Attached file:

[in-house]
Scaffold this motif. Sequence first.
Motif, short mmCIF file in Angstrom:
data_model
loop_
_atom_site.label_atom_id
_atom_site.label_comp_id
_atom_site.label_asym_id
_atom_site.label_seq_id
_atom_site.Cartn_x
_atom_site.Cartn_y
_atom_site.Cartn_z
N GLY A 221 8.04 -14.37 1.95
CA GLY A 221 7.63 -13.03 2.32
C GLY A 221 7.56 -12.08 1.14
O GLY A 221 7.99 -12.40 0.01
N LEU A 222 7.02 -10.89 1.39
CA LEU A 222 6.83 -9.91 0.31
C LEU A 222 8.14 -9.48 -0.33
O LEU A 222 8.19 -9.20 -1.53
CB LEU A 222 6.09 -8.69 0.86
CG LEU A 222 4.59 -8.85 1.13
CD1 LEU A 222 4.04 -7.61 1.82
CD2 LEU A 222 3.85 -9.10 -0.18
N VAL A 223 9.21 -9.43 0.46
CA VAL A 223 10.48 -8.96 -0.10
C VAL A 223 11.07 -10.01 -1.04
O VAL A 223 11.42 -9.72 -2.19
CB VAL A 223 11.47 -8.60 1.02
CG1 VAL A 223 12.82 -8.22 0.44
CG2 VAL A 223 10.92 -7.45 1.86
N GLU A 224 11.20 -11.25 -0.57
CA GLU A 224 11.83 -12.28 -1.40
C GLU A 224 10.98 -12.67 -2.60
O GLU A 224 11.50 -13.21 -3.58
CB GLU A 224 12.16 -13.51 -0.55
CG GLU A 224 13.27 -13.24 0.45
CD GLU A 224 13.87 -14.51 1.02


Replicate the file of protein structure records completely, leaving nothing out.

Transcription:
[in-house]
Scaffold this motif. Sequence first.
Motif, short mmCIF file in Angstrom:
data_model
loop_
_atom_site.label_atom_id
_atom_site.label_comp_id
_atom_site.label_asym_id
_atom_site.label_seq_id
_atom_site.Cartn_x
_atom_site.Cartn_y
_atom_site.Cartn_z
N GLY A 221 8.04 -14.37 1.95
CA GLY A 221 7.63 -13.03 2.32
C GLY A 221 7.56 -12.08 1.14
O GLY A 221 7.99 -12.40 0.01
N LEU A 222 7.02 -10.89 1.39
CA LEU A 222 6.83 -9.91 0.31
C LEU A 222 8.14 -9.48 -0.33
O LEU A 222 8.19 -9.20 -1.53
CB LEU A 222 6.09 -8.69 0.86
CG LEU A 222 4.59 -8.85 1.13
CD1 LEU A 222 4.04 -7.61 1.82
CD2 LEU A 222 3.85 -9.10 -0.18
N VAL A 223 9.21 -9.43 0.46
CA VAL A 223 10.48 -8.96 -0.10
C VAL A 223 11.07 -10.01 -1.04
O VAL A 223 11.42 -9.72 -2.19
CB VAL A 223 11.47 -8.60 1.02
CG1 VAL A 223 12.82 -8.22 0.44
CG2 VAL A 223 10.92 -7.45 1.86
N GLU A 224 11.20 -11.25 -0.57
CA GLU A 224 11.83 -12.28 -1.40
C GLU A 224 10.98 -12.67 -2.60
O GLU A 224 11.50 -13.21 -3.58
CB GLU A 224 12.16 -13.51 -0.55
CG GLU A 224 13.27 -13.24 0.45
CD GLU A 224 13.87 -14.51 1.02